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Tuesday, July 23, 2024

Go-Go Museum’s “Secret” Garden Now Belongs to Community

On Feb. 1, Douglas Jemal stood on stage with three District Councilmembers and leaders in the community as activist Ron Moten announced that an agreement had been reached in the dispute over the Secret Garden.

“The Secret Garden is not a secret anymore,” Jemal said, “The Secret Garden is your secret, our secret. It’s the community’s secret.”

On Tuesday, Jan. 19, in one of his last acts as President, Donald Trump granted a pardon to DC developer Douglas Jemal in a 2006 wire fraud case.

Months earlier, Check-It Enterprises was informed that Jemal owned the ‘Secret Garden’. The community began a fight to keep the community hub, starting a change.org petition

On Feb. 1, Moten announced that the community had emerged victorious.

The 3,900 square feet property sits behind three buildings Moten and the two other founders of Check-It enterprises purchased with grants from the city in 2020. A Go-Go Museum and Cafe is expected to open in the buildings in June 2021.

Moten told viewers of the Feb. 1 event, which was streamed via Facebook Live on the Make GoGo Forever page, that community members had cleared the land when they began renting in 2010. The property has been used for concerts, fashion shows and cultural events as well as for memorials to victims of gun violence.

“We put a lot of money out here, and thought it was ours, [we] were told it was ours,” Moten said.

Moten, one of the founders of the ‘Don’t Mute DC’ movement, said that he sat down with Jemal, and they came to an agreement. “I think he forgot about this property, cause he got so many of them,” Moten teased Jemal. “But when we told him what we needed this property for, he didn’t fight back,” he added.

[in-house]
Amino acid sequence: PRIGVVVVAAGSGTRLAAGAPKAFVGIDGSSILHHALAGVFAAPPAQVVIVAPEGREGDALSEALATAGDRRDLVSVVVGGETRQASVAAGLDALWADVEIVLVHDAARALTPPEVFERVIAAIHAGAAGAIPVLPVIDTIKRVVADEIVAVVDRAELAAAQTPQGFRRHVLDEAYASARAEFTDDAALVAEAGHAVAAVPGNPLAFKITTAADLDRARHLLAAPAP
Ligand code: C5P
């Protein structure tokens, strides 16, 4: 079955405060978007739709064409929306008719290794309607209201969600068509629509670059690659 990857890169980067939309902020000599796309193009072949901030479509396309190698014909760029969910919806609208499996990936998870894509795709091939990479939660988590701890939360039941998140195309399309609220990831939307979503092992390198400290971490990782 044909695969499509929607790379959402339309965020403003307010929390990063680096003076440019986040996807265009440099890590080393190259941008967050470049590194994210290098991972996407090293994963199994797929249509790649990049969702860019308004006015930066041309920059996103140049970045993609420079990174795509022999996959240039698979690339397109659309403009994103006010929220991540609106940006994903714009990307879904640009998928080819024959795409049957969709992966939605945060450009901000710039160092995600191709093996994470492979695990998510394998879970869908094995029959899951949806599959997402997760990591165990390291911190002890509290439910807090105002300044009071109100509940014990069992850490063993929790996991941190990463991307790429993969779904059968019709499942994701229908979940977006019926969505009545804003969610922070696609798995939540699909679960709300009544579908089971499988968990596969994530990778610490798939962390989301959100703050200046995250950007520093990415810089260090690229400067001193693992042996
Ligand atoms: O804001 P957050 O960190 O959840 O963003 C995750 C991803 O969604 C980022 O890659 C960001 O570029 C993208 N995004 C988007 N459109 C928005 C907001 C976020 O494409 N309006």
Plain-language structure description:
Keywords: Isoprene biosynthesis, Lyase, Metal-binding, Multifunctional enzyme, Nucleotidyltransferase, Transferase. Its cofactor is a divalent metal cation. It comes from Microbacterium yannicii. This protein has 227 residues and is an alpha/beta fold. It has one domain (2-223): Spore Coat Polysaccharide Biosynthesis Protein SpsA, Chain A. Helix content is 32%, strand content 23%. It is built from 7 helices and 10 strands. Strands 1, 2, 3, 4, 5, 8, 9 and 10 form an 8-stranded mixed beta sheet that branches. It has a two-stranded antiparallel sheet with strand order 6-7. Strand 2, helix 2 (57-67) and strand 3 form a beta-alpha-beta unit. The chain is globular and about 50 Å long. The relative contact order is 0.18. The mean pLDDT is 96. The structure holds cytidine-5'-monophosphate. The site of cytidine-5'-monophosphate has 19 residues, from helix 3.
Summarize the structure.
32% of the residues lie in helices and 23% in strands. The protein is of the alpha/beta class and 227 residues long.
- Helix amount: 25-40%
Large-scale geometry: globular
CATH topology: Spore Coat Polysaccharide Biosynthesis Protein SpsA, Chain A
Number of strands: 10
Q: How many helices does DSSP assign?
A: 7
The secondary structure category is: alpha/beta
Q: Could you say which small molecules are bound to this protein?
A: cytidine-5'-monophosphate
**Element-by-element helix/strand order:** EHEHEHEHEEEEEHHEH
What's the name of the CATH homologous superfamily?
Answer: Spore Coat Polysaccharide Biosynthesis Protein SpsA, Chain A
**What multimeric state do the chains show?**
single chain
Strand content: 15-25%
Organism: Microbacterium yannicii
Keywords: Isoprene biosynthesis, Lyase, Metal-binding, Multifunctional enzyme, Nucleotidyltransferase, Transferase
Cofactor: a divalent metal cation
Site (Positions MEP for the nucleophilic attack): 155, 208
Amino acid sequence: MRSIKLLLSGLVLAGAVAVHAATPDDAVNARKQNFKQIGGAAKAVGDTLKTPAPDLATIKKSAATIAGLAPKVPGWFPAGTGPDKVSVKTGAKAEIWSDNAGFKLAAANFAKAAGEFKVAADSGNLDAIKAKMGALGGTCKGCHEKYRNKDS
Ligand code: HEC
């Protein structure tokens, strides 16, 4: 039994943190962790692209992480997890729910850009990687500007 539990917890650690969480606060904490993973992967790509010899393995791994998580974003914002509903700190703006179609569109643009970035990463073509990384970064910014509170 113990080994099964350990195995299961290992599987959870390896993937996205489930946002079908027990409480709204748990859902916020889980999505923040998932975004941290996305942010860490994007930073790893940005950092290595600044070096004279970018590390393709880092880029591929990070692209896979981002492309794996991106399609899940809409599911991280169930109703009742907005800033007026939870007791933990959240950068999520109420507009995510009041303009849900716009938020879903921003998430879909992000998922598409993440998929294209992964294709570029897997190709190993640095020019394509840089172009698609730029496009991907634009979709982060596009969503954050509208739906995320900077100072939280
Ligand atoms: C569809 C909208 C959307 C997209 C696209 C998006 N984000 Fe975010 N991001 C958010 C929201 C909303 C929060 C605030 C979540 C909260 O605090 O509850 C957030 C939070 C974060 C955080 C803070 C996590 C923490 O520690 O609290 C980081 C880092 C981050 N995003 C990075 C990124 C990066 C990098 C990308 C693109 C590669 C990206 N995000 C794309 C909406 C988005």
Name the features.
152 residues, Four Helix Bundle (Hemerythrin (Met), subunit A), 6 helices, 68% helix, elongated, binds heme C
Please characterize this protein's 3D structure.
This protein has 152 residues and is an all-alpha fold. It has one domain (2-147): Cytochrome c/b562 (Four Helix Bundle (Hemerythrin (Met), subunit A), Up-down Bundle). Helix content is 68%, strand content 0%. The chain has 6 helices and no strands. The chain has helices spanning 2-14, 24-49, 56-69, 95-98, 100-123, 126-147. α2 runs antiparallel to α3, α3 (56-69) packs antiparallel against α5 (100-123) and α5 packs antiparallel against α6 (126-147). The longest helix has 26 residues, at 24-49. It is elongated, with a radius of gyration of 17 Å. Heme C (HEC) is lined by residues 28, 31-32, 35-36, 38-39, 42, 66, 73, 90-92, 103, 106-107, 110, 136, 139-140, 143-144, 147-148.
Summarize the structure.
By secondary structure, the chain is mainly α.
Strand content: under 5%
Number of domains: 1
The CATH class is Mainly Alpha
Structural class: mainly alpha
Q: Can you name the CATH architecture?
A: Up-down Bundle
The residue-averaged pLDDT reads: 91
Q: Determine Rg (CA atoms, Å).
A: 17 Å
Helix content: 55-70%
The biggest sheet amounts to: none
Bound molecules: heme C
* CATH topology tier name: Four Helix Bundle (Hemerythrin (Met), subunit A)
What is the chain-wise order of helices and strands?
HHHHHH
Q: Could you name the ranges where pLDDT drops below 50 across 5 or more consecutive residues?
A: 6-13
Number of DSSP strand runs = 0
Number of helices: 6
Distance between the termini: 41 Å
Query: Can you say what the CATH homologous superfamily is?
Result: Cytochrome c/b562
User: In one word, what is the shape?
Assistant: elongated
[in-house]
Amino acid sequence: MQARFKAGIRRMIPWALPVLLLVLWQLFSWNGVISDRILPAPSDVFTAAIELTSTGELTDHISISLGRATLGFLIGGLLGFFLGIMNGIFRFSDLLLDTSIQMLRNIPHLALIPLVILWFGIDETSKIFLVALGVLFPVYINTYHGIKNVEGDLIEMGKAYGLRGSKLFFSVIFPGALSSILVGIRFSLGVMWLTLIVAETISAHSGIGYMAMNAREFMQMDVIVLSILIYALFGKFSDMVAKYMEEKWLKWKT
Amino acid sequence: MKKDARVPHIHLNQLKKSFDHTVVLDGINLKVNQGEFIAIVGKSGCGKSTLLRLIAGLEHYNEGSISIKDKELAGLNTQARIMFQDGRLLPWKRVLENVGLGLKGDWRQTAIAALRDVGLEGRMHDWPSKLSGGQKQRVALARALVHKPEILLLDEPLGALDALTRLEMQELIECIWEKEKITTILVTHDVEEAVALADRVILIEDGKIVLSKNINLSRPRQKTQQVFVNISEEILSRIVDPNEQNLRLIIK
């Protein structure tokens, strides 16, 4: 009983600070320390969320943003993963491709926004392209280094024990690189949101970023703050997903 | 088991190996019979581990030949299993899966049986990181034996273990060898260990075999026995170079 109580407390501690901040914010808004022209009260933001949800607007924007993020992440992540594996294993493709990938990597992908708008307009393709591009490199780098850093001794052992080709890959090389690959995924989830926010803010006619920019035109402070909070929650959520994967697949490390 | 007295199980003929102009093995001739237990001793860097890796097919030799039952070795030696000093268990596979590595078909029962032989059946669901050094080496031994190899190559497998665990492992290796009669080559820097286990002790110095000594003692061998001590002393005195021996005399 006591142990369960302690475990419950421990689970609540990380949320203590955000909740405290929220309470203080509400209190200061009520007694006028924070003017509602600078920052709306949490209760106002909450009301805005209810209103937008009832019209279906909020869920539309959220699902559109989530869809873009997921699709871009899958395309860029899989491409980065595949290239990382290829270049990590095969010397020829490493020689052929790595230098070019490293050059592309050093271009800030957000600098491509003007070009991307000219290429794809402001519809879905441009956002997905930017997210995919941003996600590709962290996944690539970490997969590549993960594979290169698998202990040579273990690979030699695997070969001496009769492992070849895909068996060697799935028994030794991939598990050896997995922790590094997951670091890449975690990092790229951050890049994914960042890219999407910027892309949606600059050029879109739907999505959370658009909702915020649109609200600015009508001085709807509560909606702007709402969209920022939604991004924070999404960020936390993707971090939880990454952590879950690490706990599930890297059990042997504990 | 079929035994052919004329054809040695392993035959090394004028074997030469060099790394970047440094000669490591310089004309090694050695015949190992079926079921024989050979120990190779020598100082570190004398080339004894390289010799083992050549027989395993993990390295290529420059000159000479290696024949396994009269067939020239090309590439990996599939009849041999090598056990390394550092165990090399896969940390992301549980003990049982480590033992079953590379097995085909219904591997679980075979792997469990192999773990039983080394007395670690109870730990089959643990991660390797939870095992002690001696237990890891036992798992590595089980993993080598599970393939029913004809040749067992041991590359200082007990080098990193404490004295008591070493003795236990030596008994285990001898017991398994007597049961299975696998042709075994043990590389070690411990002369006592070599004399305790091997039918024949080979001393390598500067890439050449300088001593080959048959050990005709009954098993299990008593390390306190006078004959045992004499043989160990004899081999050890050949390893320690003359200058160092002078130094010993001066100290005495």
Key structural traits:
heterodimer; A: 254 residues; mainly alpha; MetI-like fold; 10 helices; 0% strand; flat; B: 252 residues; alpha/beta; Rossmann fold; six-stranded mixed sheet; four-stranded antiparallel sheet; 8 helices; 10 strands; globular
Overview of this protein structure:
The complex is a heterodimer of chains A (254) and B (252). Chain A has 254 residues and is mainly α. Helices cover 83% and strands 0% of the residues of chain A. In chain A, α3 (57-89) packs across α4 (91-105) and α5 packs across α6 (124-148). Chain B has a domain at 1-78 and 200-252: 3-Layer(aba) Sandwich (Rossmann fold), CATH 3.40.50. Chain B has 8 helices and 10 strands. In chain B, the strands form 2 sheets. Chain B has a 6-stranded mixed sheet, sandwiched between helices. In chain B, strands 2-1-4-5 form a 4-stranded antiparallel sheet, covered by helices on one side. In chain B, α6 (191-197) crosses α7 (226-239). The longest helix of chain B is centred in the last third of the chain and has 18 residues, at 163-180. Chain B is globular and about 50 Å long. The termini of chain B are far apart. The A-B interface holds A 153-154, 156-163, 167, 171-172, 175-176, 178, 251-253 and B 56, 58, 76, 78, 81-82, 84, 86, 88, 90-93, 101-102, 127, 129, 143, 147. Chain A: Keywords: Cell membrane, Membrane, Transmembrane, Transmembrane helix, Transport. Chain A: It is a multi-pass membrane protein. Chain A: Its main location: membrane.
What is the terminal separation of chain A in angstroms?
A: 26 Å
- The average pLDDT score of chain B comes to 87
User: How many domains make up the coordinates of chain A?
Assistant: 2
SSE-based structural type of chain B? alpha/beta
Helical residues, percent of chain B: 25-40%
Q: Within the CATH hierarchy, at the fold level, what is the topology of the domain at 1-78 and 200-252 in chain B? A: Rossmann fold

“This is a community hub, and we’re going to take it to another level.”

Moten said the discussion about property ownership was not just about the Secret Garden. It is also about equity. In his remarks, Moten said that only 25 percent of the African American people in Ward 8 owned their own property. Repeatedly, people on stage emphasized the importance of investment in the community, particularly on the part of city government.

Trayon White, Sr. pointed out that small, black-owned businesses are struggling, pointing to the closure of Citations and Cheers, a situation amplified by the COVID-19 crisis. He said it was incumbent upon the District to use resources to “change the narrative” and invest so that the black community can own their property and businesses.

Speakers also emphasized the importance of community coming together. “This is a reminder that we’ve got to continue come together,” said At-Large Councilmember Robert White, Jr.. “There are good people everywhere,” he said. “You’ve got to work with everybody, and together we made something really special happen today.”

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